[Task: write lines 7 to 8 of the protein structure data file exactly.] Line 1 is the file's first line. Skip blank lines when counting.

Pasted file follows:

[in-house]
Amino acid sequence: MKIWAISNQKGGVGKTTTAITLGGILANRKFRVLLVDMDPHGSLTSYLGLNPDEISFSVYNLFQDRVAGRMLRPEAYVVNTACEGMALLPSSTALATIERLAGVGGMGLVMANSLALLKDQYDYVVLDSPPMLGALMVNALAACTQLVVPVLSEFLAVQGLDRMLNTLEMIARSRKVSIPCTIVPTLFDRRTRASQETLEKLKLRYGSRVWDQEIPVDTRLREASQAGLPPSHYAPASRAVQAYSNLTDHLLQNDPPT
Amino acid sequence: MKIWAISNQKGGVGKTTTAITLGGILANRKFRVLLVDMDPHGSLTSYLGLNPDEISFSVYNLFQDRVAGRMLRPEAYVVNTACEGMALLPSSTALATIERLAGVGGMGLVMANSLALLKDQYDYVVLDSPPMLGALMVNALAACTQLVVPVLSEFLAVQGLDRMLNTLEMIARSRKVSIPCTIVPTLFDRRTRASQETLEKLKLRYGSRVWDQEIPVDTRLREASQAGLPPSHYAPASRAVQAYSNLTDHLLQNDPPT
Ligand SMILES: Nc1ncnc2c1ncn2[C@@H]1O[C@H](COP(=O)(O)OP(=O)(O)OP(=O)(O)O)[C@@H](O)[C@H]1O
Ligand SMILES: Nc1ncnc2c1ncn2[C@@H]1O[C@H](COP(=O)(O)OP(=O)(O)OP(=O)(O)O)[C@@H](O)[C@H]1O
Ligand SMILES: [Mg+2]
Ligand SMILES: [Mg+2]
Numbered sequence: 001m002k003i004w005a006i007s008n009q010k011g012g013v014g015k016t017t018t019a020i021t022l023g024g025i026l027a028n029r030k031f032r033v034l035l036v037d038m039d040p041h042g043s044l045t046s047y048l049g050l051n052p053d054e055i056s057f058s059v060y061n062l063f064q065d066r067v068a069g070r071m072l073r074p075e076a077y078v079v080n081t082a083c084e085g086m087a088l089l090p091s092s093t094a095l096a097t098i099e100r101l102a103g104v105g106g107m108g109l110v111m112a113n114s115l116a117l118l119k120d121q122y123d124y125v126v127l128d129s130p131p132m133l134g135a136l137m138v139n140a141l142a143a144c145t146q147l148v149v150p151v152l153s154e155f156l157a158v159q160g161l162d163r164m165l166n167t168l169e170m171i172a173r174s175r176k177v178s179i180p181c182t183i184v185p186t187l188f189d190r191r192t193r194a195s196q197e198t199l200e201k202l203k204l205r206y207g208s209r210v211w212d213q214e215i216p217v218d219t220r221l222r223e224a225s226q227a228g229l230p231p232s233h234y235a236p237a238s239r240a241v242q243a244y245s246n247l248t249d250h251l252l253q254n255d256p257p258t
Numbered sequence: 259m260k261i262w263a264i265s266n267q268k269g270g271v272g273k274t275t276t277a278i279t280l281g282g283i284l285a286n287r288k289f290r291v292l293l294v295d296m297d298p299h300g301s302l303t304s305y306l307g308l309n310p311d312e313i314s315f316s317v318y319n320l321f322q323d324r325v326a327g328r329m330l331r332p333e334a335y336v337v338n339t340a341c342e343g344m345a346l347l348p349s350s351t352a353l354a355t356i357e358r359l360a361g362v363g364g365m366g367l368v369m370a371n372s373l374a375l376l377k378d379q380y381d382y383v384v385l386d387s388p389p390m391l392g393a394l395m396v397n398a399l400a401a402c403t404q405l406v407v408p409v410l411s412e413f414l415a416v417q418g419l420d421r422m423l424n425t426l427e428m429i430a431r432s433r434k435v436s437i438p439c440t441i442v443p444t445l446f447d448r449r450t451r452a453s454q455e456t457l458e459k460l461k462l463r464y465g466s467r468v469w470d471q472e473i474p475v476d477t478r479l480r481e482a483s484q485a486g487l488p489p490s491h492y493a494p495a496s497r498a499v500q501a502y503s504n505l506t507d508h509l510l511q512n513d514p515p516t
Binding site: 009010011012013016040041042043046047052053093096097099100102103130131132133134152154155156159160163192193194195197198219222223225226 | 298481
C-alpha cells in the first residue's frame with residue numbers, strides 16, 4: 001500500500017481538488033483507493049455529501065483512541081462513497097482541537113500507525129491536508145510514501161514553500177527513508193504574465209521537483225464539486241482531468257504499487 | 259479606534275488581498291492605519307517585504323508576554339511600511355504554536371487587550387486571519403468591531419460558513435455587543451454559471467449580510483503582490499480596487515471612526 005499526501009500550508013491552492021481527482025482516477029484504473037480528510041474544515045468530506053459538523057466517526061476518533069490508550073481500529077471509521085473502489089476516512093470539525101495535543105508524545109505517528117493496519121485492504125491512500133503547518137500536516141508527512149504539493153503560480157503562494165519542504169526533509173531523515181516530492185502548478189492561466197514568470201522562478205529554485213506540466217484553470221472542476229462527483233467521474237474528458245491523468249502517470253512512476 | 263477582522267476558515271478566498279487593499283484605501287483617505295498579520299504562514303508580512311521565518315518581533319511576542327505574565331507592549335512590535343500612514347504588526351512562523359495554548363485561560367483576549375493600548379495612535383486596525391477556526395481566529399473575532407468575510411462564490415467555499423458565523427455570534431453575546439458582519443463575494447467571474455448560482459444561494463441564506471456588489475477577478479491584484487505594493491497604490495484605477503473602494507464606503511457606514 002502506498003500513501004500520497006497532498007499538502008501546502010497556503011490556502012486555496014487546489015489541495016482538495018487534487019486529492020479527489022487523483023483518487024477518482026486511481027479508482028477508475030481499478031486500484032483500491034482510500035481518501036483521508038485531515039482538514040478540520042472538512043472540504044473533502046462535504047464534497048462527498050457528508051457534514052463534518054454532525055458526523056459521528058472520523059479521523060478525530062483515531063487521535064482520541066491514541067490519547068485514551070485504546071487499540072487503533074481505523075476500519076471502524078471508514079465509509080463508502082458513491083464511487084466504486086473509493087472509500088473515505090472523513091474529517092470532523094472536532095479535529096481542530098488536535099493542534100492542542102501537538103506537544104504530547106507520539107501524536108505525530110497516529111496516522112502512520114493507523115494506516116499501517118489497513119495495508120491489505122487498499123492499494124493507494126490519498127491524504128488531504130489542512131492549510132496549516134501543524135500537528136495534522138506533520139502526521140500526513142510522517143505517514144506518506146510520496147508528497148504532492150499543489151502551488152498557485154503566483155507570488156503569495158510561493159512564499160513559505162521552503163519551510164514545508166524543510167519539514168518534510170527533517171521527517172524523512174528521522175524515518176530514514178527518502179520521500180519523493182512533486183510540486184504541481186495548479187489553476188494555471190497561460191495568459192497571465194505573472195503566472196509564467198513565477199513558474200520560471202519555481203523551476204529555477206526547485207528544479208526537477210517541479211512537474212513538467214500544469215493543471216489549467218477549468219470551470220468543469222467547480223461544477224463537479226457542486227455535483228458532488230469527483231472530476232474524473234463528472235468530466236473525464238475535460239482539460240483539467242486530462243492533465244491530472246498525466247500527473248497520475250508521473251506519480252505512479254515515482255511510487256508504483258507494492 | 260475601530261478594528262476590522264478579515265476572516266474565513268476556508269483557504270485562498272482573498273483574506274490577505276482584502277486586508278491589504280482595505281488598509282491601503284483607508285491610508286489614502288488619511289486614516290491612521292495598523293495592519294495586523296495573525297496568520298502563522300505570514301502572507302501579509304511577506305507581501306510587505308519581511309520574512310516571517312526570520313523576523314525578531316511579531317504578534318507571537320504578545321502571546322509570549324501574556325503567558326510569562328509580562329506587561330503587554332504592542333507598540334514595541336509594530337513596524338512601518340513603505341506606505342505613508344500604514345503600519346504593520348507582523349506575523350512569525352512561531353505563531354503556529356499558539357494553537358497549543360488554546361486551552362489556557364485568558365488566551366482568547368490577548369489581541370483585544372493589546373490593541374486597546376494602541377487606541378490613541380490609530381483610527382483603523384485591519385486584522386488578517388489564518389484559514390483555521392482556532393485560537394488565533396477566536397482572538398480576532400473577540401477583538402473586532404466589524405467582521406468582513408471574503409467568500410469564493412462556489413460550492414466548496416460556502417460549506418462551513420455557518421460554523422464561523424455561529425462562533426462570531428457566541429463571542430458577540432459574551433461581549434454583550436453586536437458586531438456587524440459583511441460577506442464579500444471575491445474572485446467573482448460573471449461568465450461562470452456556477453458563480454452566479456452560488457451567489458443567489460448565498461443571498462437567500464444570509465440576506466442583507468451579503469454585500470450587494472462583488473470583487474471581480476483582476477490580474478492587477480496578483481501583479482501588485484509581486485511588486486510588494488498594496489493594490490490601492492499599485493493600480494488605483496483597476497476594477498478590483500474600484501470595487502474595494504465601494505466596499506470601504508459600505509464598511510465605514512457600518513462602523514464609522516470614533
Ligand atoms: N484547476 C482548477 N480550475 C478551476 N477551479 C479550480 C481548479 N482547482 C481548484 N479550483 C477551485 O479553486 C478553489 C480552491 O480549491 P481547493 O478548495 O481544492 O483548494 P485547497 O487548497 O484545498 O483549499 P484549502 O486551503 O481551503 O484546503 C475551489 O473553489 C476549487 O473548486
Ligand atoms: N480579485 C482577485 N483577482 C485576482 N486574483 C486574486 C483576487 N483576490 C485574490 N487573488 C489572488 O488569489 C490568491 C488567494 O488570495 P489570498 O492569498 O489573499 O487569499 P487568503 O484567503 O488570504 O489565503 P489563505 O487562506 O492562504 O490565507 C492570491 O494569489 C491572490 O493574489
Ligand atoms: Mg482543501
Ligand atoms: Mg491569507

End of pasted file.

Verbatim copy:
Ligand SMILES: [Mg+2]
Numbered sequence: 001m002k003i004w005a006i007s008n009q010k011g012g013v014g015k016t017t018t019a020i021t022l023g024g025i026l027a028n029r030k031f032r033v034l035l036v037d038m039d040p041h042g043s044l045t046s047y048l049g050l051n052p053d054e055i056s057f058s059v060y061n062l063f064q065d066r067v068a069g070r071m072l073r074p075e076a077y078v079v080n081t082a083c084e085g086m087a088l089l090p091s092s093t094a095l096a097t098i099e100r101l102a103g104v105g106g107m108g109l110v111m112a113n114s115l116a117l118l119k120d121q122y123d124y125v126v127l128d129s130p131p132m133l134g135a136l137m138v139n140a141l142a143a144c145t146q147l148v149v150p151v152l153s154e155f156l157a158v159q160g161l162d163r164m165l166n167t168l169e170m171i172a173r174s175r176k177v178s179i180p181c182t183i184v185p186t187l188f189d190r191r192t193r194a195s196q197e198t199l200e201k202l203k204l205r206y207g208s209r210v211w212d213q214e215i216p217v218d219t220r221l222r223e224a225s226q227a228g229l230p231p232s233h234y235a236p237a238s239r240a241v242q243a244y245s246n247l248t249d250h251l252l253q254n255d256p257p258t